Educators are discovering that achieving work-life balance is becoming increasingly more difficult. A lack of work-life balance leads to educators becoming overwhelmed, teacher burn-out, and educators leaving the profession. This paper shares research-based strategies that educators can implement to achieve an appropriate work-life balance. The strategies support teacher well-being and happiness which ultimately leads to more effective teaching in the classroom. We consider the details of how to implement these strategies on a day-to-day basis to achieve a more balanced life, improve happiness, avoid burn-out, and become more effective in the classroom.
Don’t Throw the Colonial Text Out with Its Ideology!: Recruiting a Colonial Text to Do Decolonial Work on a University Academic Literacy Course View Digital Media
Since 2015, South African universities have undergone a major overhaul, with students nation-wide taking calling for a decolonised institutional ethos, and for curriculum reform to introduce texts and approaches that do not perpetuate colonial ideologies. This presented an opportunity for disciplines to shed untransformed ways of knowing, to consider more relatable ways of knowing. A glance at recent publications in the region reflects this impetus. It is in this climate that our academic literacy course, Writing across Borders, was launched in 2019 to foster critical reading, writing and researching practices, exposing students to diverse texts, including a history textbook prescribed during Apartheid era. Our use of this textbook presently could therefore be questioned. We argue however, that instead of throwing the colonial text out with its ideology, the text can be recruited for decolonial work, to reveal its problematic constructions of race and its contradictions. In this paper, we therefore model some of the class discussions around the history textbook, applying a Critical Discourse Analysis lens to it. This lens allows for a multi-layered analysis of the textbook, looking at its textual, discursive, social practices, and surfacing the asymmetries of power that created the conditions for social injustices in the colonial and post-colonial contexts. The analysis demonstrates that meaning does not reside in the text alone, but in how it is used to achieve its decolonial meaning potential, and to invite us all to unlearn our enduring racial biases. It thus offers us pedagogical possibilities by harnessing colonial texts differently.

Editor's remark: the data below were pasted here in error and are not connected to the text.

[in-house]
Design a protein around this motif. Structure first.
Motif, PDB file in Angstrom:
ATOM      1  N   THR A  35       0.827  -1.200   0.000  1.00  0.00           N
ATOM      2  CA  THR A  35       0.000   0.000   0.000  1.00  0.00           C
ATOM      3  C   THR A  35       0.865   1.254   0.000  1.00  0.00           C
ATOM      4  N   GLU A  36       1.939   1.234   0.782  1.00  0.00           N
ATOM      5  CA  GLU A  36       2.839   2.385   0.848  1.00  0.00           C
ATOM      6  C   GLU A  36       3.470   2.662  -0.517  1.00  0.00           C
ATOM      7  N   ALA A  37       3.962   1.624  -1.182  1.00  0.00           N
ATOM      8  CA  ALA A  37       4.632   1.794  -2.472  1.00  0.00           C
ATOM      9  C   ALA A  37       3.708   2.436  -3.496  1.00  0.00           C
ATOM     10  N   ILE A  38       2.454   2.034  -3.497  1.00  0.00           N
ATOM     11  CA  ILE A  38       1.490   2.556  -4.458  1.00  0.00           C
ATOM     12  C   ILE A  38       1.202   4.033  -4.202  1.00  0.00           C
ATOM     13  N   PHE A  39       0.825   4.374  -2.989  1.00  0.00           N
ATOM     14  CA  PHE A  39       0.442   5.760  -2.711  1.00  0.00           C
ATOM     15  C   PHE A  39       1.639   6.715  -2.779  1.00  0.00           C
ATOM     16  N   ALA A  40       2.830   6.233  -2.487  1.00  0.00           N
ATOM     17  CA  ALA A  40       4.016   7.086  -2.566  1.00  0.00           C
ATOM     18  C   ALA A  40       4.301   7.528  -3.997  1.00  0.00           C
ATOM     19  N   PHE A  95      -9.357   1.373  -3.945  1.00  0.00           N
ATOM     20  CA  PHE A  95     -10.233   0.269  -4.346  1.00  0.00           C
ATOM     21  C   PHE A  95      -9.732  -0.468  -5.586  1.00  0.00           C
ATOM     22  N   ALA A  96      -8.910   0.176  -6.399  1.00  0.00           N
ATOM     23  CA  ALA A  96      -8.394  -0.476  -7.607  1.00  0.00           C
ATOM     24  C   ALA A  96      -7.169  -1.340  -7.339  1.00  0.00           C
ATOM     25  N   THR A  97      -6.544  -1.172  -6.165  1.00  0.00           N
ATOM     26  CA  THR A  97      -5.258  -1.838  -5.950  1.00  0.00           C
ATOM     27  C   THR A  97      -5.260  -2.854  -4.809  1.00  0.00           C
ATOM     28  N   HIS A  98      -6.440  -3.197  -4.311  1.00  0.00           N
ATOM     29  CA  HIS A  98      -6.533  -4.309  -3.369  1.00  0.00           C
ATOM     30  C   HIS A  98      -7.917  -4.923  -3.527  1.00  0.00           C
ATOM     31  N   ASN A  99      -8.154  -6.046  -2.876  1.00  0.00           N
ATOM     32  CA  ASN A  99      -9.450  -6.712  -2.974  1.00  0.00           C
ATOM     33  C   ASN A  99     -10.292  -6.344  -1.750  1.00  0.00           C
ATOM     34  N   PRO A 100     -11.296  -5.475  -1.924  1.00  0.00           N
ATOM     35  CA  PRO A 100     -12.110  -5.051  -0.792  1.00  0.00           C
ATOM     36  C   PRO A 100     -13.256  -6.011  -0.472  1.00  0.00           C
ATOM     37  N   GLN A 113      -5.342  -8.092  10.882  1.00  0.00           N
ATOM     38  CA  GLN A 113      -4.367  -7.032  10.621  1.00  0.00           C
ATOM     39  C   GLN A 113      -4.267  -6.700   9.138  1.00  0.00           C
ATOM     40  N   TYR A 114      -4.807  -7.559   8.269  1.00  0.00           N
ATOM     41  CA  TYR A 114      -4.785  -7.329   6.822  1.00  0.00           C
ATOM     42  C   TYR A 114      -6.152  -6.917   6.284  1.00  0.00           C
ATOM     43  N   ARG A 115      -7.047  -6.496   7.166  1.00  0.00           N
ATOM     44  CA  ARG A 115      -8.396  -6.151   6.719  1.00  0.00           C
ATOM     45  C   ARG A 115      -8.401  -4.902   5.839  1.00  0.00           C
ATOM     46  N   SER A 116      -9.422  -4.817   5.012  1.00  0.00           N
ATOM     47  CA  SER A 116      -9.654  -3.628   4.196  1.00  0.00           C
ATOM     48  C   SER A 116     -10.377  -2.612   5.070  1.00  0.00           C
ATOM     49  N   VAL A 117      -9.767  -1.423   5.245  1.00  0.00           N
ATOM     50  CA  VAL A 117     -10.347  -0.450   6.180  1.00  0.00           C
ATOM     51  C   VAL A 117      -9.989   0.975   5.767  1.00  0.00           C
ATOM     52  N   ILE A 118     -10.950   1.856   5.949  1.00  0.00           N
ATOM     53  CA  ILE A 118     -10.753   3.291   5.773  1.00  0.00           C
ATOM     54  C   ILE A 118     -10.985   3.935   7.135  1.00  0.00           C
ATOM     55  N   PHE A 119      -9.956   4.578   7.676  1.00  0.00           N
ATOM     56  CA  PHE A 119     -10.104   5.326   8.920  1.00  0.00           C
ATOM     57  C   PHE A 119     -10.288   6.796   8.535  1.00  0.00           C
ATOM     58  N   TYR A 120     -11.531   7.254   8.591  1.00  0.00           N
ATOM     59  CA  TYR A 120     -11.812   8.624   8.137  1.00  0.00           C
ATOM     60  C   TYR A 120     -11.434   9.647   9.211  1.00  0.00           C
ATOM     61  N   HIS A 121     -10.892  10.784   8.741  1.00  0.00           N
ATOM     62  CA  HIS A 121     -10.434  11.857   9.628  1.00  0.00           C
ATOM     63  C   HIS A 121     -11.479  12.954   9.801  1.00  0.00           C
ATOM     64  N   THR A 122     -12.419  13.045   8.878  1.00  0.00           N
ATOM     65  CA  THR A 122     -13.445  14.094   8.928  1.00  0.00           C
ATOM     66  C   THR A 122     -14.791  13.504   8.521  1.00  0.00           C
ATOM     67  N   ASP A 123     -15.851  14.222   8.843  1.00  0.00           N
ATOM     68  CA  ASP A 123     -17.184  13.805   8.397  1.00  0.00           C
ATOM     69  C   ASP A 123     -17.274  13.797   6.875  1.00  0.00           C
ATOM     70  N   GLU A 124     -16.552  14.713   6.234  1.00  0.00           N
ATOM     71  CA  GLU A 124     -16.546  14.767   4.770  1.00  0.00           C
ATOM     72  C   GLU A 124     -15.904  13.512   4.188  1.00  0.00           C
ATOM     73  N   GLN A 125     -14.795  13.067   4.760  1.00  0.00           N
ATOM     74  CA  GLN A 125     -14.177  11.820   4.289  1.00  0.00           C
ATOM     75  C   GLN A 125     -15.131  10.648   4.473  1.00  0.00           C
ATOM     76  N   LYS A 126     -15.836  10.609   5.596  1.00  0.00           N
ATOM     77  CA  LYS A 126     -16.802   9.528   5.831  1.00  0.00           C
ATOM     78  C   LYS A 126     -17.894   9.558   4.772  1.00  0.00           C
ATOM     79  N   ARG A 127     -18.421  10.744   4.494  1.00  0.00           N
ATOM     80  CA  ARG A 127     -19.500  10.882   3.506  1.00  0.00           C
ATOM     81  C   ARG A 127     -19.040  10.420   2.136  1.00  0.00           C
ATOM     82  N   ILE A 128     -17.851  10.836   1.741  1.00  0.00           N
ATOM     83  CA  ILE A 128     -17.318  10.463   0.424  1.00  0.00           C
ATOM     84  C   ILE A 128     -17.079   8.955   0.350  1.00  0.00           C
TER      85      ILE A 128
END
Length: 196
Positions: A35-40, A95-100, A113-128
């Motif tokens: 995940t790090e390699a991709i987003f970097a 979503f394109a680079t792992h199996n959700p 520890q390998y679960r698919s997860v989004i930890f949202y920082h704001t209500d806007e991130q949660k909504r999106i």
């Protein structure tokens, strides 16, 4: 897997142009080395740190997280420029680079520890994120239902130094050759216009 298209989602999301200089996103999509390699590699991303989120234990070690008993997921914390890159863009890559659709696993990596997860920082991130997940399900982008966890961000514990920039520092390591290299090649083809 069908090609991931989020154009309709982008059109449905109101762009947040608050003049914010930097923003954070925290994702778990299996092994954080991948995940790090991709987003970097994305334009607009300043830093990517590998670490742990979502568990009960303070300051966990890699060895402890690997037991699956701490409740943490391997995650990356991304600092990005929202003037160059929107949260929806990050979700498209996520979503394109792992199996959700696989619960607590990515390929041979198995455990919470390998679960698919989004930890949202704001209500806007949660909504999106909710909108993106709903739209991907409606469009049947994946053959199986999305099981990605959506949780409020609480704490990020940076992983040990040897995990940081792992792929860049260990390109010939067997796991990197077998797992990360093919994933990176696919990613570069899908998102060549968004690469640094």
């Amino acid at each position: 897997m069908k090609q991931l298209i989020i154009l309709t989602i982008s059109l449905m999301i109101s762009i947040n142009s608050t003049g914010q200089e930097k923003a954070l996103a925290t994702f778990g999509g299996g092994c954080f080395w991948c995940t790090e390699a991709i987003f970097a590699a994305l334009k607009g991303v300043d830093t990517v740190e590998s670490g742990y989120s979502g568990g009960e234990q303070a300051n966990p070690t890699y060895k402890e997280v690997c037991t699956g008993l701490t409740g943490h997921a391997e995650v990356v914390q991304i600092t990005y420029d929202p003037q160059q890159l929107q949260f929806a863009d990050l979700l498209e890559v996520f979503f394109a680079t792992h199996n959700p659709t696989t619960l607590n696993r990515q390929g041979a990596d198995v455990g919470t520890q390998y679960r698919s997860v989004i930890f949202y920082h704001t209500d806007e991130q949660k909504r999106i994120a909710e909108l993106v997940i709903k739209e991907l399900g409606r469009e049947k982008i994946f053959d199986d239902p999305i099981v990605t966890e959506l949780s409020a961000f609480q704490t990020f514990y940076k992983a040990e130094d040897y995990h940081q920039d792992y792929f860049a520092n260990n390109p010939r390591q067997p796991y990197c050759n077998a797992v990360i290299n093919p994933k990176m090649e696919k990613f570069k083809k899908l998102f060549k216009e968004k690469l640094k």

From Teaching to Coaching in the Post-pandemic Classroom: Revisiting Learning Indicators for Immersive Higher Education View Digital Media
Paper Presentation in a Themed Session Minhyoung Kim
This study explores how the COVID-19 pandemic has influenced the overall higher education landscape and challenged traditional methods of measuring learning motivations and assessing learning outcomes in light of these changes. It highlights the shift from traditional teaching methods to coaching approaches in college curriculum and instruction, emphasizing the need to reevaluate learning indicators in the post-pandemic era. As preliminary research, this study examines the development of two common learning indexes, namely the Composite Learning Index (CLI) and the European Lifelong Learning Indicators (ELLI) Index, both of which are thematically organized under UNESCO's four 'pillars of learning': Learning to know; Learning to do; Learning to be; and Learning to live together. This study investigates whether the specific indicators and measures within these index systems are still applicable for calculating progress in diverse modes of learning after the pandemic. Furthermore, this study suggests relevant measuring indicators for digital learning, which includes new literacies and ubiquitous platforms in higher education, aiming to empower college students to establish themselves as active learners through the effective utilization of coaching advice.